Sharon Springs Harvest Festival 2015!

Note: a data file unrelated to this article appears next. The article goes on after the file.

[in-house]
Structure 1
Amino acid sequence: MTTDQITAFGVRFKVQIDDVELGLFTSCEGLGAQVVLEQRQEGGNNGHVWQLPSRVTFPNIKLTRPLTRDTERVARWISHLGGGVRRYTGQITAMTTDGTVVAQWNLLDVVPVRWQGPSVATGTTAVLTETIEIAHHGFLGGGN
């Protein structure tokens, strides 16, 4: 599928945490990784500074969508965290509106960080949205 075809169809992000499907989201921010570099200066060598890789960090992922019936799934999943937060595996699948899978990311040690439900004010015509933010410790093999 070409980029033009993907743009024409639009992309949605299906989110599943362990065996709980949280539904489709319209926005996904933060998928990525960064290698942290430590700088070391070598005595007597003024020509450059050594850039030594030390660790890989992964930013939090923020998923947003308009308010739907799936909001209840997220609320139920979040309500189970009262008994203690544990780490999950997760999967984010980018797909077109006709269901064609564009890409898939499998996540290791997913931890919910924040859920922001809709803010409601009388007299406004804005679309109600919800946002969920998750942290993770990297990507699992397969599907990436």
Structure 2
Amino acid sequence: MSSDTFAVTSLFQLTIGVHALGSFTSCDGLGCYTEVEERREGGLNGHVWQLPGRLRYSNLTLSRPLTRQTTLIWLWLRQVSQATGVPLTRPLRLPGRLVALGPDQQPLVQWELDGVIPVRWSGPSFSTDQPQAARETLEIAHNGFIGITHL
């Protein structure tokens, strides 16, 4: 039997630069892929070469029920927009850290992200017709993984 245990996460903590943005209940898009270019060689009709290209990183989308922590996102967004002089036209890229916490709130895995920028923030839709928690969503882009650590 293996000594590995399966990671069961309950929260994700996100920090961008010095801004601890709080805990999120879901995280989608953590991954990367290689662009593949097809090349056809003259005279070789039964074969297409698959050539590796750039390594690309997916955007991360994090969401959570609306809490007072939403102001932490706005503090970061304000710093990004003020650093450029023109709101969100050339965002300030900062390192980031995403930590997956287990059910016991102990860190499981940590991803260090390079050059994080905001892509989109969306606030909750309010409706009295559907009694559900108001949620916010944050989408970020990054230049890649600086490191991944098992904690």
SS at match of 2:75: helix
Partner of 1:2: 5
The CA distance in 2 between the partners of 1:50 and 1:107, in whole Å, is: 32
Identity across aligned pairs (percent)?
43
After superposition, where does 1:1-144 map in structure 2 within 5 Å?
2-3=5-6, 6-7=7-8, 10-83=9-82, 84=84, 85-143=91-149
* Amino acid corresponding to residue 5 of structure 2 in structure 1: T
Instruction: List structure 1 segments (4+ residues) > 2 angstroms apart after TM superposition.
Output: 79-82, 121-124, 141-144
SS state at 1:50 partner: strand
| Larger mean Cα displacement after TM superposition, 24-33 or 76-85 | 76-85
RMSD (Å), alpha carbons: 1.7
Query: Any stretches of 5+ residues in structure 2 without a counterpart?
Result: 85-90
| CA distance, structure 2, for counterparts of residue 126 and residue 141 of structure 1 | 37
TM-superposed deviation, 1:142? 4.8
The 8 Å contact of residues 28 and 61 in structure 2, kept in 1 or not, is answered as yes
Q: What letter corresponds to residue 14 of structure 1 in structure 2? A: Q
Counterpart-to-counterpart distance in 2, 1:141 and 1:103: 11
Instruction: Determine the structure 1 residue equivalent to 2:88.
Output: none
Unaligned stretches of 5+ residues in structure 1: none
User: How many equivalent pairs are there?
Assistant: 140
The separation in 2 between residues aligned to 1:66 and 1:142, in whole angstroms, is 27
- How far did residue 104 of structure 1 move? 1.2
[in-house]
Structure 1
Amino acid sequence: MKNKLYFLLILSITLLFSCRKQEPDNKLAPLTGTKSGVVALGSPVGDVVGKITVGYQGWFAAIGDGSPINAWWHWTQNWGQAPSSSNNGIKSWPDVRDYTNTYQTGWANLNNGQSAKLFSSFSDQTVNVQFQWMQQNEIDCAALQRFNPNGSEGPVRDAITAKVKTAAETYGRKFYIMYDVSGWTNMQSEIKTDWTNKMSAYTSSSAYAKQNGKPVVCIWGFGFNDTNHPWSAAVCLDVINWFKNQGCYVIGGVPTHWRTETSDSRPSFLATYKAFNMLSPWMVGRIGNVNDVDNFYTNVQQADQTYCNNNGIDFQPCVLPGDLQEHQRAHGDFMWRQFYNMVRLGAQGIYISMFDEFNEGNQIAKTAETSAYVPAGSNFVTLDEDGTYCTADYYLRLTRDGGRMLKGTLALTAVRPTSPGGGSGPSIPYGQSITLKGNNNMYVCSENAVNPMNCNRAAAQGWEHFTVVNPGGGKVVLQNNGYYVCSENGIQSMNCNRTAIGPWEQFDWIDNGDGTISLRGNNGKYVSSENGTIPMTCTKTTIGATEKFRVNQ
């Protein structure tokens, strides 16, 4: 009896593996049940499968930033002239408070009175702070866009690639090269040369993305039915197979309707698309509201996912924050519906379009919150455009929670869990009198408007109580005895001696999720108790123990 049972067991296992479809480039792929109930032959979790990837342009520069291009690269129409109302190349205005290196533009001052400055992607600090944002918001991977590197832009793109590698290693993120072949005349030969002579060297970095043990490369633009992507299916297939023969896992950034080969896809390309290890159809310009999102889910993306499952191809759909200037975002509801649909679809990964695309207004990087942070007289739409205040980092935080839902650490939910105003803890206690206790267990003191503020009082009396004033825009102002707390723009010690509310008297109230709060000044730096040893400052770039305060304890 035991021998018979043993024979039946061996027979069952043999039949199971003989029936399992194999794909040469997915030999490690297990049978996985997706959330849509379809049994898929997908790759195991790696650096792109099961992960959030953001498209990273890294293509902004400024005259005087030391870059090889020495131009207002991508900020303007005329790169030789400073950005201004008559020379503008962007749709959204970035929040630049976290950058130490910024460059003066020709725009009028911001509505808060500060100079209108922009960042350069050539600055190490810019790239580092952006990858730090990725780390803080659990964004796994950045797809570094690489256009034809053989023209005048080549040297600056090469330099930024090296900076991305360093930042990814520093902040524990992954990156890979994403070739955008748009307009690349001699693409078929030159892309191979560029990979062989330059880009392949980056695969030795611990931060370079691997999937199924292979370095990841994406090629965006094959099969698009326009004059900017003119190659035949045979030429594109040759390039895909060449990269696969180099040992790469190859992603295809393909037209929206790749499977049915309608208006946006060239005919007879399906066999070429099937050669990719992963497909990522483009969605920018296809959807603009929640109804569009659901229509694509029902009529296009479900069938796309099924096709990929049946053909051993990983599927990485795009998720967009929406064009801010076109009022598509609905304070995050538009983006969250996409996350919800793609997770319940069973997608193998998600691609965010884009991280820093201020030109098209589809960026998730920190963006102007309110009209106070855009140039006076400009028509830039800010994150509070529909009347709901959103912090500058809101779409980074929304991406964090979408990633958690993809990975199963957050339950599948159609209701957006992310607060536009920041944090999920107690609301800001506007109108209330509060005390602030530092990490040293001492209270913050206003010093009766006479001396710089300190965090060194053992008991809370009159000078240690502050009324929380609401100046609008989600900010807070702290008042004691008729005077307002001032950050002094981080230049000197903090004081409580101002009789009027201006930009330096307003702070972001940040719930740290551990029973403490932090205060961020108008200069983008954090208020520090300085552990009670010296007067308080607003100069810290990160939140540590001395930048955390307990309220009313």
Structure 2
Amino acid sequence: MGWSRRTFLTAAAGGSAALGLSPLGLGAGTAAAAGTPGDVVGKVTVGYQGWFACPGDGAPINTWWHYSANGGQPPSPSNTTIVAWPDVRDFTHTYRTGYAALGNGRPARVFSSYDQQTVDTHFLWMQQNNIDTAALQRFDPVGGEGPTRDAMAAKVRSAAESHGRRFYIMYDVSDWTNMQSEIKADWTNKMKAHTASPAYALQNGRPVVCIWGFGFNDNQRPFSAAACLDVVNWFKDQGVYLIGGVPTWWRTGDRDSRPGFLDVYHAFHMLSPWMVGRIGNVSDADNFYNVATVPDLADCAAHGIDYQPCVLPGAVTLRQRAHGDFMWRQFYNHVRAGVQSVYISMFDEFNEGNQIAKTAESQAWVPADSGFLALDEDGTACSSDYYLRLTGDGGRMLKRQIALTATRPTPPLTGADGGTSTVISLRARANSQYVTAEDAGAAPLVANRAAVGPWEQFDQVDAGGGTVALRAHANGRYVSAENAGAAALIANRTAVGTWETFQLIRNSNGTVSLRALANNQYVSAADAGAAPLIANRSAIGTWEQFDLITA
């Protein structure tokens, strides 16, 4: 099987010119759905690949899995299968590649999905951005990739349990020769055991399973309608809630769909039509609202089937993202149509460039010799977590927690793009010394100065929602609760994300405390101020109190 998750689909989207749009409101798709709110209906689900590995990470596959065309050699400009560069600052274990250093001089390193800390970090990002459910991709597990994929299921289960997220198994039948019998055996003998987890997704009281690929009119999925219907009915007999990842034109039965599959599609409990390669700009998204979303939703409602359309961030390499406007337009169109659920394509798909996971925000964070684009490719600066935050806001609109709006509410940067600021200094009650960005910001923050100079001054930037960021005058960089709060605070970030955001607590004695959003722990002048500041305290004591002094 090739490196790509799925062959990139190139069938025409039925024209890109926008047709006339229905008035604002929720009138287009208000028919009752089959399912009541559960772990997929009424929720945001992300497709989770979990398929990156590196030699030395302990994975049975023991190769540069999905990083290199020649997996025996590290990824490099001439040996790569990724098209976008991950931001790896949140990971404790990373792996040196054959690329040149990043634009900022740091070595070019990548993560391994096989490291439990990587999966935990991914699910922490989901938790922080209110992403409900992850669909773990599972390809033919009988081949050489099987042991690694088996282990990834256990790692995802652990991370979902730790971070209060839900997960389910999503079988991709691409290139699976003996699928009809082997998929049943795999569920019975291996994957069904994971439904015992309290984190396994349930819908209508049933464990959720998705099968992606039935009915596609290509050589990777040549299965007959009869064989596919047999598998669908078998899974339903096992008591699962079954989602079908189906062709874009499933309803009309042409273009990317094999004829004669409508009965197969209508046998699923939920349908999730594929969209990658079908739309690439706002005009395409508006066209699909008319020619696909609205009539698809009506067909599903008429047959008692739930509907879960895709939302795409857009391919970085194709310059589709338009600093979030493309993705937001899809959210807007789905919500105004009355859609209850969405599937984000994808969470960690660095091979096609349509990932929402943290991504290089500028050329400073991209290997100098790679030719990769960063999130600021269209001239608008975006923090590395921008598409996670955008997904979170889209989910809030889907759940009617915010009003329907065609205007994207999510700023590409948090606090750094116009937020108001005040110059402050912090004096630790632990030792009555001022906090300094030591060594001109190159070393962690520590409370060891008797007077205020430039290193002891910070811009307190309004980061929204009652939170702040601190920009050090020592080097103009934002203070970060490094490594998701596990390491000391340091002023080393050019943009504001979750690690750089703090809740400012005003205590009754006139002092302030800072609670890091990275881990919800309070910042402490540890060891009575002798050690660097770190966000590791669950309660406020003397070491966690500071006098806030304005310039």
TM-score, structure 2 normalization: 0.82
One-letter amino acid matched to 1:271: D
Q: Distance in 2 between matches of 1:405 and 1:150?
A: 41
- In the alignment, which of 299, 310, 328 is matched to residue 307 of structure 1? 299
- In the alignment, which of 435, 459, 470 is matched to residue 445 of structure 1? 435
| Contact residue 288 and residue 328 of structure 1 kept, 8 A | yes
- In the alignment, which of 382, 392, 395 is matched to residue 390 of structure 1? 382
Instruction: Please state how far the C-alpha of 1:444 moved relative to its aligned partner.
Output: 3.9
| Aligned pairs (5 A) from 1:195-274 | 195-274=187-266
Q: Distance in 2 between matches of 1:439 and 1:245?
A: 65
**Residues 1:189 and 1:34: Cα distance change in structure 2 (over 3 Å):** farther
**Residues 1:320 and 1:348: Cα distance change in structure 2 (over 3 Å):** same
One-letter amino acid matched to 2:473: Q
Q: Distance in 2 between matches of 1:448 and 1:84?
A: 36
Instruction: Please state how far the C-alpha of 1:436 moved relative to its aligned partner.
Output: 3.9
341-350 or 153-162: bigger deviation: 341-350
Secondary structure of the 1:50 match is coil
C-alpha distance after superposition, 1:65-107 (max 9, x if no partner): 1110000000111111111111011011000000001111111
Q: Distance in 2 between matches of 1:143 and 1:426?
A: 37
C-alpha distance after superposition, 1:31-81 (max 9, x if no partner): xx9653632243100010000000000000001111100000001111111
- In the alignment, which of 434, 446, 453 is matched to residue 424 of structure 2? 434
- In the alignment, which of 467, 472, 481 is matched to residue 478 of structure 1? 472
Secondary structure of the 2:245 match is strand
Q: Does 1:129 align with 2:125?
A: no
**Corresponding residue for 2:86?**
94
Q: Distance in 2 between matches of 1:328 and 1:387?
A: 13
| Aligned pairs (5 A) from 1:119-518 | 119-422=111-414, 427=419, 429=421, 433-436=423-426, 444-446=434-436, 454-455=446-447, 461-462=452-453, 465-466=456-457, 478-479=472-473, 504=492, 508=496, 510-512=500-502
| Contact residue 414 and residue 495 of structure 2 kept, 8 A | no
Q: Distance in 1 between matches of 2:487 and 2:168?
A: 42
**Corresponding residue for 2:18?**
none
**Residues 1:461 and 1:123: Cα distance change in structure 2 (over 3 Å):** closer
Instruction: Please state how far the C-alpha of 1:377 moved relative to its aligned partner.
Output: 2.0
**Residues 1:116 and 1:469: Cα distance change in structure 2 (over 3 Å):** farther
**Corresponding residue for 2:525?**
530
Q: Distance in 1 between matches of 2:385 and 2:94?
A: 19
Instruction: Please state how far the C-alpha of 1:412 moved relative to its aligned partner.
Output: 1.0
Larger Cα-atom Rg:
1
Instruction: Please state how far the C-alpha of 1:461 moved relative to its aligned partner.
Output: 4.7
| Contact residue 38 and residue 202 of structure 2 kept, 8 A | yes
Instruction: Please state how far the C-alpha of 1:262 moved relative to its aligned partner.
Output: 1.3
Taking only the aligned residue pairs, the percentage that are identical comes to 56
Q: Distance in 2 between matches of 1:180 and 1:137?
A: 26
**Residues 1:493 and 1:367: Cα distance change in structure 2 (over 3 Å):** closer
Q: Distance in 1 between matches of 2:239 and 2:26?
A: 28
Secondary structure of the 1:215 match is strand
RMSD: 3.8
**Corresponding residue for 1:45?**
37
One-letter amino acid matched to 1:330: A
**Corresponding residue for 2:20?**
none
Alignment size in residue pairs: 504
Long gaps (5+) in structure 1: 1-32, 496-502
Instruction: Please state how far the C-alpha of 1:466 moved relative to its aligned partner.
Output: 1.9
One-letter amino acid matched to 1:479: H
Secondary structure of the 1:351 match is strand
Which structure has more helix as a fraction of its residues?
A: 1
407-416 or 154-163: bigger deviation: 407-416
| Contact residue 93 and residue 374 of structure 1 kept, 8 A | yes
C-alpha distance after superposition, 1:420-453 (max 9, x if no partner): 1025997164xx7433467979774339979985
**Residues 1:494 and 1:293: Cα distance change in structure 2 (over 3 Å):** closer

Many people who know me personally know that I am often discouraged by the headlines of the day. As a hopeless NPR junkie, I listen to a lot of news and current events radio, and am sometimes a bit down on the human race, to the point of once writing a blog post on my personal blog titled, "A Few Words from a Misanthrope." So, this past weekend, I set out for Sharon Springs a little world weary. We all need some light in this world, and fortunately every single time I visit Sharon Springs, NY, I see that light. This past weekend was no different. The Sharon Springs Harvest Festival is the result of the dedication of a number of residents there and a team of volunteers with hearts of gold. Thanks to these people, and the majority of the attendees, this memorable event is one that restores faith in humanity. How? By showing that another American small town that has been hit hard by shifting economic forces can come alive again just because people a) believe and b) are willing to do the hard work. By showcasing and promoting American art, craft, agricultural, and culinary excellence. The vendors are not "juried" in the traditional sense, but are required to bring products handcrafted by them in America. In addition to the vendors of Etsy row, there were over one hundred more, most of them more local to the area than I was. By being open. I can not tell you how many attendees were open, curious, admiring, adventurous in their approach to my display tent. Some had grandmothers or mothers who hooked, some were hookers themselves, some had never heard of the craft. Many - MANY - ranging in age from small children to retirees, sat down in my tent and tried their hand at the hook. Some left with all the supplies needed for their new craft, and I suspect the seeds of a new passion. By being Beekman "neighbors." It really doesn't matter if you're in proximity to the Beekman farm or not, you can be a Beekman neighbor. Beekman 1802 doesn't have customers; they have a community. Many of the visitors to my tent were sporting the gold Beekman 1802 temporary tattoos, or tee shirts, or their trademark Muck boots, but what I notice most about Beekman neighbors is their kindness. They are attracted to what Josh and Brent are doing because of the ethic with which these men go about their business, their personal lives, their fundraising efforts for small agriculture, their undying support of artists and artisans via the B. 1802 Rural Artist Collective, their own creativity, and their commitment to kindness. I was assisting a person in my tent with choosing some wool and felt a tap on my shoulder. I turned around and it was Josh, who had taken time from an incredibly hectic day to give a hug and ask how things were going for me. Later, Jessica, their artisan and retail coordinator, came by. More hugs and smiles. And then Kim, who works in accounting there. These are not your usual CEOs and staff members, and we are grateful and proud beyond measure to work with them on our small part of what they offer in their Mercantile. Having said all that, the event transcends its founding by and affiliation with Beekman 1802. There were several people who asked, "Who are these guys?" and I tried my best to have a short answer. Not easy. Since I was pretty much bound to my tent this year, I tasked by husband Bill with the picture taking. I also made sure he had a ticket for the Beekman farm tour. He took almost 150 photos, which really was quite overwhelming when I opened them up my first day back! I have grouped together according to subject, hopefully in a logical way. Most of the pictures are from the Beekman farm tour, with a few of the festival/vendor grounds. Enjoy the following pictorial tour of the 2015 Sharon Springs Harvest Festival and the Beekman farm.